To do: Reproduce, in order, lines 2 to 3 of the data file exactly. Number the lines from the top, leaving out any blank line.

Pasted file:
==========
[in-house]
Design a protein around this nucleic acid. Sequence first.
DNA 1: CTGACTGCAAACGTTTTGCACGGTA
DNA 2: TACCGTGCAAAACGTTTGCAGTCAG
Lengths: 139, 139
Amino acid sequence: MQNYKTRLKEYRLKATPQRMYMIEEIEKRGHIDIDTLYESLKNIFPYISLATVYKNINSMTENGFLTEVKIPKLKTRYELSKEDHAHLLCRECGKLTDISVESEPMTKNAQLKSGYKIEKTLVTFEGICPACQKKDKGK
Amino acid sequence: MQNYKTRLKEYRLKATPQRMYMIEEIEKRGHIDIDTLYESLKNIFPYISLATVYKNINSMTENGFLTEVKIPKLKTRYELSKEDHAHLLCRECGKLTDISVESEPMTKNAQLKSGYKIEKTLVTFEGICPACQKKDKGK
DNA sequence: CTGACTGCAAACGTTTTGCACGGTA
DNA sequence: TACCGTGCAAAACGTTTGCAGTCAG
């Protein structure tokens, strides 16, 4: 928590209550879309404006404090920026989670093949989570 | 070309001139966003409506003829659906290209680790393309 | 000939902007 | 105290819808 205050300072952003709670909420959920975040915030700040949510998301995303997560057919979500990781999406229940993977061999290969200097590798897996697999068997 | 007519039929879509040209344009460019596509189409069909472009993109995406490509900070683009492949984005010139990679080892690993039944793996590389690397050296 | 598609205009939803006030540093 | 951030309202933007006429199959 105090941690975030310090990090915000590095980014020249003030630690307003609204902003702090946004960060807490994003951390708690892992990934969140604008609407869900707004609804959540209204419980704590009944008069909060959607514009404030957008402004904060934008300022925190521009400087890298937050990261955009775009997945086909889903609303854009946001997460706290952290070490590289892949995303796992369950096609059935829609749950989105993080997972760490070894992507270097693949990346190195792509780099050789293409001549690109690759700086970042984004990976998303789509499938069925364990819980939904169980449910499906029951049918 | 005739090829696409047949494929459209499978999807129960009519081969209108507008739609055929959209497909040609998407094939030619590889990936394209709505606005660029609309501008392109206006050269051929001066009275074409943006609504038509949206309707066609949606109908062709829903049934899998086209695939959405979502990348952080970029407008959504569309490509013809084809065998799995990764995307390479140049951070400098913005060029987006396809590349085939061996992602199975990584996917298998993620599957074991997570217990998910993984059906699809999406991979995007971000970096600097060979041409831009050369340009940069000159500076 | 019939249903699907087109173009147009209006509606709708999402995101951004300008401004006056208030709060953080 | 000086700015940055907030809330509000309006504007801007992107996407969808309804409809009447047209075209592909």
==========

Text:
Design a protein around this nucleic acid. Sequence first.
DNA 1: CTGACTGCAAACGTTTTGCACGGTA